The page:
The Sixers' relationship with Ben Simmons turned particularly icy this summer as the DPOY runner-up froze out his teammates and the organization in search of a trade.
One of the most pivotal parts of the summer saga was a reported meeting in Los Angeles between Simmons' camp and the Sixers' front office, in which Simmons said he intended to never play for the Sixers again. It was definitely a point of no return, and a meeting that sounded like it could've been contentious.
And a new report from Bleacher Report's Jake Fischer confirms those suspicions.
Fischer, an NBA insider with sources in many front offices around the league, wrote in a new story Wednesday some specific details from that L.A. meeting, including a spicy moment from Sixers head coach Doc Rivers:
"Dating back to those Combine dialogues, Philadelphia was adamant in its plans to withhold Simmons' pay for not complying with the terms of the five-year, $170-plus million agreement he signed in July 2019. Later, at Paul's home, Rivers even shouted, “It's in your f--king contract” to report and play for Philadelphia, sources told B/R."
Well dang, Doc!
He's not wrong: everything the Sixers are doing right now is being enforced through the wording of his contract, and if Simmons or his representation were surprised by his Oct. 1 money heading into escrow or the fines stacking up for not reporting, that means they weren't doing their jobs.
There's also a larger logic at work: You don't show up to work, you don't get paid. Pretty simple.
Apparently the contentious moment between Rivers and Simmons is emblematic of a relationship that never really developed last season during the coach's first year in Philadelphia.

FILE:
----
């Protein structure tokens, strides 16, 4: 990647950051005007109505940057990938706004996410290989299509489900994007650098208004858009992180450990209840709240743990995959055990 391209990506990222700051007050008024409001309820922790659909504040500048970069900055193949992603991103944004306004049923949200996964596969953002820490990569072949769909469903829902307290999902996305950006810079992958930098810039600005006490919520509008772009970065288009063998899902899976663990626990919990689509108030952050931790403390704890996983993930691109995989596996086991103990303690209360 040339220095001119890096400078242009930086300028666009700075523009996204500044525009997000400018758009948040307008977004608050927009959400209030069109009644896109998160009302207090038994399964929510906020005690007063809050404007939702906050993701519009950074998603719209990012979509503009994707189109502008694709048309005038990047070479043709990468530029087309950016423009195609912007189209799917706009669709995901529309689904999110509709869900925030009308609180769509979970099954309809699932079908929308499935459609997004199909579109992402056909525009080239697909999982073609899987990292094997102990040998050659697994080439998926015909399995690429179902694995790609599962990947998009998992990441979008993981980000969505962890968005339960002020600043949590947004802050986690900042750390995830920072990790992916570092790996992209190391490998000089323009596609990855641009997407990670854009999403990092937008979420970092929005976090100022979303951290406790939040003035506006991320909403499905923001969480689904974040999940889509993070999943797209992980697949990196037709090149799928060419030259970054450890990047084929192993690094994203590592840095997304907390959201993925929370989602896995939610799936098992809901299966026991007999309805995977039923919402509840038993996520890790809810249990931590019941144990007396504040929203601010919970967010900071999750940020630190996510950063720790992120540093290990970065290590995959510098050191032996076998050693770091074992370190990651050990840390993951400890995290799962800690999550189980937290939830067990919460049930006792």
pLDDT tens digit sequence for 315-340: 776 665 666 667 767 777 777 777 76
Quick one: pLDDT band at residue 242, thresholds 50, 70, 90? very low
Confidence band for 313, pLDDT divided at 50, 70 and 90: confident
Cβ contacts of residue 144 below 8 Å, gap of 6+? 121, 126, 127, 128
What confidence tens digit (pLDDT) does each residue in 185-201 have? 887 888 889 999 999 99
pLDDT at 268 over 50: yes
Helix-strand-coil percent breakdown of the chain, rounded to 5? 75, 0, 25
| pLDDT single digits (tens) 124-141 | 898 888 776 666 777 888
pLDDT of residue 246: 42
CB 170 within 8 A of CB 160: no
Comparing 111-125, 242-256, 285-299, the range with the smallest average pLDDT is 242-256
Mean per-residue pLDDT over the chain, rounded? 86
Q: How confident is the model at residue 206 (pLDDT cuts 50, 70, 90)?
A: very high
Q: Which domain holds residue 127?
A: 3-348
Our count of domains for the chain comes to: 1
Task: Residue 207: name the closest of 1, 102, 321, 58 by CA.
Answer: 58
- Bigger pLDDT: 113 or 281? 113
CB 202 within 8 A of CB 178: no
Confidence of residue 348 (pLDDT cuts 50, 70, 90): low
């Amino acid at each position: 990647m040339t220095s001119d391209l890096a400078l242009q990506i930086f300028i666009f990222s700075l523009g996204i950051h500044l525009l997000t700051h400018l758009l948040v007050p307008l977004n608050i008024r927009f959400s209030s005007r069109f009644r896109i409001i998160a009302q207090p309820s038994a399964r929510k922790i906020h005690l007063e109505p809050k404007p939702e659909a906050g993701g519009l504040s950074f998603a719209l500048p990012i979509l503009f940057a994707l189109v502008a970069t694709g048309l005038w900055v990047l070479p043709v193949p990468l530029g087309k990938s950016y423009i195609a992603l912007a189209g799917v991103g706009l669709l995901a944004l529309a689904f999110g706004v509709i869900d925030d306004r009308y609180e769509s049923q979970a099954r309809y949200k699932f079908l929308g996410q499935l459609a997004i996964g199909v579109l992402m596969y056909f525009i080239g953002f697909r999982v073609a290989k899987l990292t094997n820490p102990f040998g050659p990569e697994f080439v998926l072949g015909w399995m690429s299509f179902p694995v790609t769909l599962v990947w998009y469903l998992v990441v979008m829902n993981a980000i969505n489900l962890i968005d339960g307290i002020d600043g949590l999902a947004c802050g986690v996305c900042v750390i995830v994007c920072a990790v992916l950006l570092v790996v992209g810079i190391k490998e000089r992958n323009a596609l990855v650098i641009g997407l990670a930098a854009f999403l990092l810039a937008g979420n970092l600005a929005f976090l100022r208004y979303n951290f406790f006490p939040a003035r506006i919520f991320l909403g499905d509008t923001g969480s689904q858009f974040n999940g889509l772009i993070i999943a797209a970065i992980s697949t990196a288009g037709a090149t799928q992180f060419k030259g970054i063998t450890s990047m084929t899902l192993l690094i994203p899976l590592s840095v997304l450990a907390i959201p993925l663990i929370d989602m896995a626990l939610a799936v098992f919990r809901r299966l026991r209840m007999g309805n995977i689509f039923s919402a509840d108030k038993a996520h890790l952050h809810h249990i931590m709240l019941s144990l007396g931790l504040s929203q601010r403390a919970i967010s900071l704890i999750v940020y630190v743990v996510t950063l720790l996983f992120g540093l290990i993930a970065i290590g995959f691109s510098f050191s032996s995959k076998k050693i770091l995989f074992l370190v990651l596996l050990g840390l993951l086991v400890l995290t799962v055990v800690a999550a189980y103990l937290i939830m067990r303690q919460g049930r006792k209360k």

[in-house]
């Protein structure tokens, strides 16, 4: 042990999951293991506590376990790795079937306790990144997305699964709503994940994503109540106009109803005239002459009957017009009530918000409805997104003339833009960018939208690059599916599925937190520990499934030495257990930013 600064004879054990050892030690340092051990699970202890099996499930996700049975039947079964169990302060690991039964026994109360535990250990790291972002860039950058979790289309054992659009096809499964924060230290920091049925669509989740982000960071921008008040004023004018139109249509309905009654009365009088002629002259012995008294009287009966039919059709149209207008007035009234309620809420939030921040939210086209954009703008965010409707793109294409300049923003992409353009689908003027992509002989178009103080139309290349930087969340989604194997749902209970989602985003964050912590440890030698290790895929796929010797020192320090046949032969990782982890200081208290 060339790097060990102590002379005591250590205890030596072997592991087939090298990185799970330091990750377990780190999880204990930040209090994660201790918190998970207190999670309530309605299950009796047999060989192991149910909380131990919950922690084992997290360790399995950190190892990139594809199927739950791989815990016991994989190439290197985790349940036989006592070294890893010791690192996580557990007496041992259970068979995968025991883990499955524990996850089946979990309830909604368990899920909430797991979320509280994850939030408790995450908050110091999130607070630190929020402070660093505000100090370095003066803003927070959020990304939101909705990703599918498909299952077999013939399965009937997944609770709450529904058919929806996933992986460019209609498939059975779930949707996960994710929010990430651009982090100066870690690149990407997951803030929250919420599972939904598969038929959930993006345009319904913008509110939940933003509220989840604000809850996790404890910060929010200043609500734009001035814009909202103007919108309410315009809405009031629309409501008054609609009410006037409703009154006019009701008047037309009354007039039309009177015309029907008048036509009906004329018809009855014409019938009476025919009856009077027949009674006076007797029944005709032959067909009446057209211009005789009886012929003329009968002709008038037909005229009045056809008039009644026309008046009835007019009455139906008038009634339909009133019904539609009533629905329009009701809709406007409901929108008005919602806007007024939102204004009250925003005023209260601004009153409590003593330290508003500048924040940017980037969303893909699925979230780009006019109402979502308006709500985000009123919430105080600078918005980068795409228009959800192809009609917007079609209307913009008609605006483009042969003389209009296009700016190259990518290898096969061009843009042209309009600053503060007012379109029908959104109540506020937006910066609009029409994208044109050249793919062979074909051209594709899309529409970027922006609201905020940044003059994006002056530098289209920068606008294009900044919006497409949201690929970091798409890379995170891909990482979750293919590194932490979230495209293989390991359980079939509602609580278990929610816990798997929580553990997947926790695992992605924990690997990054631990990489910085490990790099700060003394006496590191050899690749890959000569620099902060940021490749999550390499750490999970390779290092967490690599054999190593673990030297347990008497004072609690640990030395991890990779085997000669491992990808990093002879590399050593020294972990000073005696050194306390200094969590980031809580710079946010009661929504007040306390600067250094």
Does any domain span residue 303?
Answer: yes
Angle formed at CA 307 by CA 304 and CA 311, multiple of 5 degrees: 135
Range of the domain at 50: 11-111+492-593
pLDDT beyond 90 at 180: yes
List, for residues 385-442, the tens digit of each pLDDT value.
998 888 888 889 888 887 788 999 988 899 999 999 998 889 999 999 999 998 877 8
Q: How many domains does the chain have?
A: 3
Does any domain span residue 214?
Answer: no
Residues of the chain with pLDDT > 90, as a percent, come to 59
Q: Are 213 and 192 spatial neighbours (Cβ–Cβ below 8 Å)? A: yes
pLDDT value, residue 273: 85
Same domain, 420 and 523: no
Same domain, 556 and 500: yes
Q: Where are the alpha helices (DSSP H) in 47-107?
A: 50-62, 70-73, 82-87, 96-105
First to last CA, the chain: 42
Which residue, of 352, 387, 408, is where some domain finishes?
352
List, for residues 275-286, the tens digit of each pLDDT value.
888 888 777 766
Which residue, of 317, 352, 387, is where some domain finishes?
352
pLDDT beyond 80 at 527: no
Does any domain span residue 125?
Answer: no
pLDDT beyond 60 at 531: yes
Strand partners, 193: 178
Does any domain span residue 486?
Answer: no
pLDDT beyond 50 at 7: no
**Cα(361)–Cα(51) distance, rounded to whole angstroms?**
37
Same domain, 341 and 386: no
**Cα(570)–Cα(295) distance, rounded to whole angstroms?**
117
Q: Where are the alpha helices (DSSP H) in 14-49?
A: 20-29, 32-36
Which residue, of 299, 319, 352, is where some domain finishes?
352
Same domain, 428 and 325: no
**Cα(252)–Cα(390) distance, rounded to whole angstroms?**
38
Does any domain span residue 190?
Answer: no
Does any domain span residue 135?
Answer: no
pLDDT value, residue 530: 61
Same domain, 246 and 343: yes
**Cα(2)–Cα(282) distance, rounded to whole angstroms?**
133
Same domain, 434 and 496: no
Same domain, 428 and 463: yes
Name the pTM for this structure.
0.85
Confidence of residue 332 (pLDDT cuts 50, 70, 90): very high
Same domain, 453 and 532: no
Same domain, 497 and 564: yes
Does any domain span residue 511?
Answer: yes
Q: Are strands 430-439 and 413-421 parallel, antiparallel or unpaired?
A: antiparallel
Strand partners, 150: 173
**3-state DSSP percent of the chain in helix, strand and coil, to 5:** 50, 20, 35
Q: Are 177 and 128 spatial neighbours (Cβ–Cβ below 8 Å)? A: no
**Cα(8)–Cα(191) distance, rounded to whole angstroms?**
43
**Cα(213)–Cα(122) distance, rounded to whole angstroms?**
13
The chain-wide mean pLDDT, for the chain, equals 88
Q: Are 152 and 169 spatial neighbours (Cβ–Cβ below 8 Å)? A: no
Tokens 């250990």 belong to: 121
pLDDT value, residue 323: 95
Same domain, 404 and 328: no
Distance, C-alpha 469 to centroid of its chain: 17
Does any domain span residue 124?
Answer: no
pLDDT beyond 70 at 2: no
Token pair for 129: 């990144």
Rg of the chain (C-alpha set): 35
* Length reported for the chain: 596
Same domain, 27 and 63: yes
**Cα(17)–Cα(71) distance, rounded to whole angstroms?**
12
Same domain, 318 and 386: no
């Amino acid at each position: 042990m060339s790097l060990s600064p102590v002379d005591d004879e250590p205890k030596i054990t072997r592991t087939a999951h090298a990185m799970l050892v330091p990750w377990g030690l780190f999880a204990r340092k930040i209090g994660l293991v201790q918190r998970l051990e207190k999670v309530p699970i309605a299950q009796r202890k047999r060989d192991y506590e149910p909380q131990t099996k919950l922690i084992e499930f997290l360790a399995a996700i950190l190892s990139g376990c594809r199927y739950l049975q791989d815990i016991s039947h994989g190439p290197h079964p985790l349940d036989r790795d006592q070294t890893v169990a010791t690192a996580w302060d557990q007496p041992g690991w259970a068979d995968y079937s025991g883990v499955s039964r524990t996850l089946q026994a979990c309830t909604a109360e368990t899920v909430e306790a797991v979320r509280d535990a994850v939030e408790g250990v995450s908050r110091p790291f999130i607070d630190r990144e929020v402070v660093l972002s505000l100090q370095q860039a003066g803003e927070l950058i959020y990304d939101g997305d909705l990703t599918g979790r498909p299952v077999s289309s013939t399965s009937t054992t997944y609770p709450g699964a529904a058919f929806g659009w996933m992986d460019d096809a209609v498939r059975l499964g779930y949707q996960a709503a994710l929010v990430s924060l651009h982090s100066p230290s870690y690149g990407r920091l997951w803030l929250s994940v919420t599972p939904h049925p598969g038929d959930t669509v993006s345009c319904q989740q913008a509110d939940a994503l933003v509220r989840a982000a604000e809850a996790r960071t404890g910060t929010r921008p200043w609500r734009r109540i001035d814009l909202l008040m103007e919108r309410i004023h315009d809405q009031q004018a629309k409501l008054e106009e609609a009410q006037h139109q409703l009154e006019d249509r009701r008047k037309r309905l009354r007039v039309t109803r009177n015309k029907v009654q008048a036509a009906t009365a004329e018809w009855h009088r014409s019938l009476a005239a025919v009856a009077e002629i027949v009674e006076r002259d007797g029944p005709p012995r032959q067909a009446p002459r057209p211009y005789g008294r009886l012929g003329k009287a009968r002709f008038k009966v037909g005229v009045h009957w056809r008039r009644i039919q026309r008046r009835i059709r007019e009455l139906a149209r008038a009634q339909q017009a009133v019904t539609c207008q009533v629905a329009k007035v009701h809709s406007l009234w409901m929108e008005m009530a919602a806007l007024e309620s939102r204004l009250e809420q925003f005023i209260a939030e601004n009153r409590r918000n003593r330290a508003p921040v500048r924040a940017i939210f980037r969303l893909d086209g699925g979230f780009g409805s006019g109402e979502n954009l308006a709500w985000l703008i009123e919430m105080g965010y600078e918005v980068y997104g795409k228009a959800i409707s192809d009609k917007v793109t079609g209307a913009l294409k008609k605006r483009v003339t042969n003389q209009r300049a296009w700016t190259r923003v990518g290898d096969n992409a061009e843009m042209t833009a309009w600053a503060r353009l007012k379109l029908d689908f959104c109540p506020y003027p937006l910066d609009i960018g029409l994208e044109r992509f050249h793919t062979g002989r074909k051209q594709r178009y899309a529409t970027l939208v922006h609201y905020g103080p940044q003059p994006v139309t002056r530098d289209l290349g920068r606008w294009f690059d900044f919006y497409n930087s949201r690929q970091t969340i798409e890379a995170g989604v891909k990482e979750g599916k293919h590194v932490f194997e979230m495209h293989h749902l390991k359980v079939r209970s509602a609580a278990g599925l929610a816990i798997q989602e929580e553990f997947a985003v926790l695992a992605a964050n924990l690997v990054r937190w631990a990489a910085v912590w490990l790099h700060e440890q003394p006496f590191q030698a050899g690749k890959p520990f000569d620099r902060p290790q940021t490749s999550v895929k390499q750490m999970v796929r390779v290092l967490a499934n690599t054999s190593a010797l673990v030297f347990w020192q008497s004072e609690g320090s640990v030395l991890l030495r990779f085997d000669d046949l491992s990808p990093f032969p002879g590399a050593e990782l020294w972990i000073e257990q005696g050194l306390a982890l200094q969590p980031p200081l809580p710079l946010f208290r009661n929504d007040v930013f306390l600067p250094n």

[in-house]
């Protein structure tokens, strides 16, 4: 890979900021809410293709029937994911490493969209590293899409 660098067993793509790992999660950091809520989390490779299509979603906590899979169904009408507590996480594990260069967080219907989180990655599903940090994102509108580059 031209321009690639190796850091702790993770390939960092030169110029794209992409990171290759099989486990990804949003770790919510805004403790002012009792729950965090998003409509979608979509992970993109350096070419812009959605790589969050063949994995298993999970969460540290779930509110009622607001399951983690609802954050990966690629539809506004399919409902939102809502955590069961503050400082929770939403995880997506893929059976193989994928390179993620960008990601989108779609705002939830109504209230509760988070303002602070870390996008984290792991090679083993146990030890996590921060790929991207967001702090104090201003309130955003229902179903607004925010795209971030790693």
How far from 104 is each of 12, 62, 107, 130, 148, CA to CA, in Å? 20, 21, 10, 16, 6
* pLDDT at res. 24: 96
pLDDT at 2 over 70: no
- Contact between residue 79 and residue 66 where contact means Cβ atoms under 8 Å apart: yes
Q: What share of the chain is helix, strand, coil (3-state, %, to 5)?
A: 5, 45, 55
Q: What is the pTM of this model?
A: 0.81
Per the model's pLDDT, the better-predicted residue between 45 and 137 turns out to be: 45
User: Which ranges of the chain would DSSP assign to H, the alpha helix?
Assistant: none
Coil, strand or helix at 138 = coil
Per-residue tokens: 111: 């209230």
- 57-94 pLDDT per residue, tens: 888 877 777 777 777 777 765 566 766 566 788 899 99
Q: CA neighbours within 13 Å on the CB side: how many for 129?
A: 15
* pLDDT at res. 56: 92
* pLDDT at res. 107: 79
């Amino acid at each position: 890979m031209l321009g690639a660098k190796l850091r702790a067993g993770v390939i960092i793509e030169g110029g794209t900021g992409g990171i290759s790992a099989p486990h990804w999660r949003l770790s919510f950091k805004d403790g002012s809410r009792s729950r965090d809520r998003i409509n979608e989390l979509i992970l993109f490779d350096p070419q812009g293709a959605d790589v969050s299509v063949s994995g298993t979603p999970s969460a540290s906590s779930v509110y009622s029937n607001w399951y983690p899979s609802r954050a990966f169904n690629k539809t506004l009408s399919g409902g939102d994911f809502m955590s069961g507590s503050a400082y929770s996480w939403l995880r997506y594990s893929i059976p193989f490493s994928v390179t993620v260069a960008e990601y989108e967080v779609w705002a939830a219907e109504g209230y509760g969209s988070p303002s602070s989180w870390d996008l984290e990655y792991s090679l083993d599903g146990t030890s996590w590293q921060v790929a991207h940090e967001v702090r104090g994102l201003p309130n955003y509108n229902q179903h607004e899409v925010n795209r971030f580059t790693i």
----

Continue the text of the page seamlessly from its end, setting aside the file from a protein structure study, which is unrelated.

Fischer reports that sources told him the two never gelled:
"By all accounts, the head coach, a former point guard, has never managed to build a strong rapport with Simmons. Perhaps that's due to the additional demands coaches typically place on their nominal floor generals, or it may simply be a case of two differing personalities in a competitive industry failing to mesh."
This is at least a little interesting, considering Rivers repeatedly defended Simmons last season as the All-Star's iffy offensive game was questioned by reporters. It seemed Rivers was perfectly fine with the way Simmons was playing, at least publicly.
But Rivers is also a no-nonsense guy, and Simmons can carry a fair amount of nonsense with him.
In any case, Simmons is back in Philadelphia and seems inexplicably ticketed for a reunion with the team, potentially practicing and maybe even playing actual basketball games for the organization he was so excited to leave. We'll see what kinds of interactions that births over the next days and weeks.